The "Now It's October!" Blog Update!

Live from our sequestered jungle lab, this is Team Ambrosia! Happy October, folks!

For better or worse, I’m the kind of person who has trouble taking the time to stop what I’m working on in order to talk about it. “Well, maybe I’ll write a blog post if I finish [x], [y] and [z] today,” I might say to myself. But usually finishing one task just leads me right on to another and I never wanna break my stride while I’m working. So I don’t, and another day passes without me writing anything, then a week, so on, so forth, forsooth. It’s good to keep workin’ along, but it’s also kiiiind of important to at least let people know Ambrosia’s still alive and kicking, right?

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Summer Salutations! What's Up!

Good day, everyone! How’s it going?

Thought it was about time for a check-in. We’ve been pretty silent on the front lately, but I wanted to let y’all know that work on Ambrosia has been progressing smoothly, as well as talk about how things’ve been going behind the scenes.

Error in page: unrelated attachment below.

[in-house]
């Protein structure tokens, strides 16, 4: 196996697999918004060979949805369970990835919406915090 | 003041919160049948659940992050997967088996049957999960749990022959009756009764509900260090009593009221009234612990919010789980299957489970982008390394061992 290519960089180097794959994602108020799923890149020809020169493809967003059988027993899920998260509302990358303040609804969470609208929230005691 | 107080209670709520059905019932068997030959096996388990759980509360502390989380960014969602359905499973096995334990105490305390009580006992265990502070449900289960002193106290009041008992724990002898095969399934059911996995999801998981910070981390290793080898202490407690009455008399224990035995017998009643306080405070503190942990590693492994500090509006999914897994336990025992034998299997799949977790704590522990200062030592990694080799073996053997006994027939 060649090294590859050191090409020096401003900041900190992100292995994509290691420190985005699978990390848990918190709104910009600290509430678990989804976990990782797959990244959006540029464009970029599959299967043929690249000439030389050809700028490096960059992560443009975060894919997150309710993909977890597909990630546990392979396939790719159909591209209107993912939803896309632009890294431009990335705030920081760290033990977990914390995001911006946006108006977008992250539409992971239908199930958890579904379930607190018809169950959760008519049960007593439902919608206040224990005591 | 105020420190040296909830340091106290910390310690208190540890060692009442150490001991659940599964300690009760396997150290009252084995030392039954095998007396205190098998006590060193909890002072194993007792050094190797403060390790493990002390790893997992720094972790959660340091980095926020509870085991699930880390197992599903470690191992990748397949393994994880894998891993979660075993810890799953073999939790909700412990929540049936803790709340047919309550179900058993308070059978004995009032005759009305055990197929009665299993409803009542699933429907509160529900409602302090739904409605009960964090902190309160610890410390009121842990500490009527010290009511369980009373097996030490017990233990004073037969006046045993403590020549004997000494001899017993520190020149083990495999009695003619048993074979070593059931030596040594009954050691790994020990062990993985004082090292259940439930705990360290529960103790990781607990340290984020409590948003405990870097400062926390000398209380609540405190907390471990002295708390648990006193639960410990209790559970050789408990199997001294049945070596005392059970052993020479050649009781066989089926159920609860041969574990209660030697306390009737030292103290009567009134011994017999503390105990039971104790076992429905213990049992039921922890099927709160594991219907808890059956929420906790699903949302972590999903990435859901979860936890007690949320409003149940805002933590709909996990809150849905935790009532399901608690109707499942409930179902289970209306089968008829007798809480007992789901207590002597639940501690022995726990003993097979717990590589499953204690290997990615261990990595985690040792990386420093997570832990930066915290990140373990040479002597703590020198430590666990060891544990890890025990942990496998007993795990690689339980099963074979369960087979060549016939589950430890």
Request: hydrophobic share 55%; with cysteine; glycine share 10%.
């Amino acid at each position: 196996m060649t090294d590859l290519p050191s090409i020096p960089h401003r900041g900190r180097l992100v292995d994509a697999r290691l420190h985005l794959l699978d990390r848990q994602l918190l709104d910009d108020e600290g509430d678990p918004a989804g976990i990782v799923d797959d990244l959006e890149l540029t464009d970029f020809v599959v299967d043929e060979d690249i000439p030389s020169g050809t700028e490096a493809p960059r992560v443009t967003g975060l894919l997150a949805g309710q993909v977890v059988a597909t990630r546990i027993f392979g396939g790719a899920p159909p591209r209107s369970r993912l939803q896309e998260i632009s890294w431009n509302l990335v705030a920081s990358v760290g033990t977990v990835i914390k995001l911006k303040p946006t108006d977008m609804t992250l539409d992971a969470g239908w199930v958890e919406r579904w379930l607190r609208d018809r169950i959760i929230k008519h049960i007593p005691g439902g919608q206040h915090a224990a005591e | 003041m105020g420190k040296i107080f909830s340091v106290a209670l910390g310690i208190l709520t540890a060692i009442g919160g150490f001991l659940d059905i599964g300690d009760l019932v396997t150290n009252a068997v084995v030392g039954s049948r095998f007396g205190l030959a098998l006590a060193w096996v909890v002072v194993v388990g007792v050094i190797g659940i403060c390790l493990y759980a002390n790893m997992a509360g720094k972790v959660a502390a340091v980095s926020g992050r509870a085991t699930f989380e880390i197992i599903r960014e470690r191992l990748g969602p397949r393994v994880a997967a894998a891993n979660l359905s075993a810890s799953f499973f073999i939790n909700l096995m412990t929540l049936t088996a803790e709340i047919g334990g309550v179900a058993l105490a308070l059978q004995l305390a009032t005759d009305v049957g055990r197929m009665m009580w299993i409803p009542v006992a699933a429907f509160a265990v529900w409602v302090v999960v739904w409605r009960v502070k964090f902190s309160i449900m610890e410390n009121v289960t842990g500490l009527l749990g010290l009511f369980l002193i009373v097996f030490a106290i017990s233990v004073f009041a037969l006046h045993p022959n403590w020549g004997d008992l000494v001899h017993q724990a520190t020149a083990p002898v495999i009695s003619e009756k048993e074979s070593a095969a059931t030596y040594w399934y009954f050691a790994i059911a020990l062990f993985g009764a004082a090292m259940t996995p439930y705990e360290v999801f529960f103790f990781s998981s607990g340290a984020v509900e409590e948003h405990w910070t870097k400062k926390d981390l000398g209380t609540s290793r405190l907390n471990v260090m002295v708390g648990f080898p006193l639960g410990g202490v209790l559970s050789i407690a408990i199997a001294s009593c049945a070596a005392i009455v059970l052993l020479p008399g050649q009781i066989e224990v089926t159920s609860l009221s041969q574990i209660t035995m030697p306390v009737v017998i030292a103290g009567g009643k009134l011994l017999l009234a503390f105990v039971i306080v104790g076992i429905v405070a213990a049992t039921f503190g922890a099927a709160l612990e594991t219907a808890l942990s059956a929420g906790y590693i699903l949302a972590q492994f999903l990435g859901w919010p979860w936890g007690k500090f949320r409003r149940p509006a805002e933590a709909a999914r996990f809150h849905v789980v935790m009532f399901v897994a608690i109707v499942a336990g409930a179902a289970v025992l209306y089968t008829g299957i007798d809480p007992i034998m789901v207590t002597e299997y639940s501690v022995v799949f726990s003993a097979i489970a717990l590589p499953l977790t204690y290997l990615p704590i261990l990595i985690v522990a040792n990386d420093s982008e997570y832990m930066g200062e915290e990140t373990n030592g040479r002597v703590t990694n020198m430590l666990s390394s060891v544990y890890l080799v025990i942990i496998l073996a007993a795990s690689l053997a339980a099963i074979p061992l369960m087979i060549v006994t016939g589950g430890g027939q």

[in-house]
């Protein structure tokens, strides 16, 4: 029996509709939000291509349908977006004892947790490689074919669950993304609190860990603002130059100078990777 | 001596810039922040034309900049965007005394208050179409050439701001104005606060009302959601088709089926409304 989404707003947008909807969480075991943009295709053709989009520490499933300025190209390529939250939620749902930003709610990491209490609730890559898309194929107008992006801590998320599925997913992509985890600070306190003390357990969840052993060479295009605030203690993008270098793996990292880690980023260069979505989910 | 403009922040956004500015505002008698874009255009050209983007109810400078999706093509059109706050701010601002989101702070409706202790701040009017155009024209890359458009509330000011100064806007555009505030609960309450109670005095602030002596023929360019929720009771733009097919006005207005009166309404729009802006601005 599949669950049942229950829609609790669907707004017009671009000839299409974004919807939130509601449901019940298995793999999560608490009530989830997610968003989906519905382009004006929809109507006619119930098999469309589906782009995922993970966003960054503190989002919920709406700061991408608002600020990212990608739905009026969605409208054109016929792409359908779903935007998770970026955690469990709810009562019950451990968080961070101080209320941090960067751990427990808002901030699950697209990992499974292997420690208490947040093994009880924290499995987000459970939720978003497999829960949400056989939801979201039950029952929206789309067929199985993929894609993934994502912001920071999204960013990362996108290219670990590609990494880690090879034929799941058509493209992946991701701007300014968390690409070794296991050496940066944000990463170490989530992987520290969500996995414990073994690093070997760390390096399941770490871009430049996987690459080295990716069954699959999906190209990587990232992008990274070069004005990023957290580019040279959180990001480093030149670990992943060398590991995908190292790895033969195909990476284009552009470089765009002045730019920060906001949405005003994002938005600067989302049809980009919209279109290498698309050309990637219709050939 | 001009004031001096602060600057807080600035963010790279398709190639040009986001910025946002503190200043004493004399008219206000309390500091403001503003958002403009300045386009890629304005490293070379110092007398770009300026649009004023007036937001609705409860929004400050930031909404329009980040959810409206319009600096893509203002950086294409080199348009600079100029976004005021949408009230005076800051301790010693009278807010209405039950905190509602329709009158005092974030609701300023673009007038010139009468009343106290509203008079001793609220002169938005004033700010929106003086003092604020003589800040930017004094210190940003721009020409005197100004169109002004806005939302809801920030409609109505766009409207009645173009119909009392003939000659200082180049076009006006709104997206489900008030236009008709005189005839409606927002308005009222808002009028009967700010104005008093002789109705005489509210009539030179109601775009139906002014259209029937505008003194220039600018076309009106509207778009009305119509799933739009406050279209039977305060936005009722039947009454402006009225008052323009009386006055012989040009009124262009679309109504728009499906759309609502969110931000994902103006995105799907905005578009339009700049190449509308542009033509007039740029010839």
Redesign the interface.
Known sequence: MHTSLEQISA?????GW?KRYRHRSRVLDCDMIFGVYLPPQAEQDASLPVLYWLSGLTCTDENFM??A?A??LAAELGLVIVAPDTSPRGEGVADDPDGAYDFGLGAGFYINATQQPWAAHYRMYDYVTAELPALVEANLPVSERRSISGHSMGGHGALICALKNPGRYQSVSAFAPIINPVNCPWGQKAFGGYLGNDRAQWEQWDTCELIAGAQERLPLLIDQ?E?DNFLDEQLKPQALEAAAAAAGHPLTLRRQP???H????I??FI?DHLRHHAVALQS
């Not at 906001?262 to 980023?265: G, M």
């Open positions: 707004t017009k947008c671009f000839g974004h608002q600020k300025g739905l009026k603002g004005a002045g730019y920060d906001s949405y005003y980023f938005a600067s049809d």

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Building Weapons in Ambrosia

Ambrosia is a Metroidvania, and that's all well and good in its own right. I mean, who doesn't love an open world filled with treasure? But that's not what makes Ambrosia special. For that we need to examine the contents of that treasure: namely, the game's weapons and mods.

Ambrosia uses what we call a "rules-based weapon system." What this means is that you the player build up your weapons by adding unique rules to those weapons -- via parts we call modifications, or mods for short. Because you're adding rules to the weapon, not just static parts, the same mod can produce different results depending on what other modifications and rules have been added to that weapon.

As an example, let's look at the interaction between a few early-game mods.

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The Story of Ambrosia

So, we're making a video game.

Who isn't, right? It certainly feels that way when you first strike out on your own with an untested product and an untested studio at the height of indie game development output. I read somewhere that Steam sees 5,000 new releases a year. So who are we to put out the 5,001st?

Actually, let's just start there.

Who are we?

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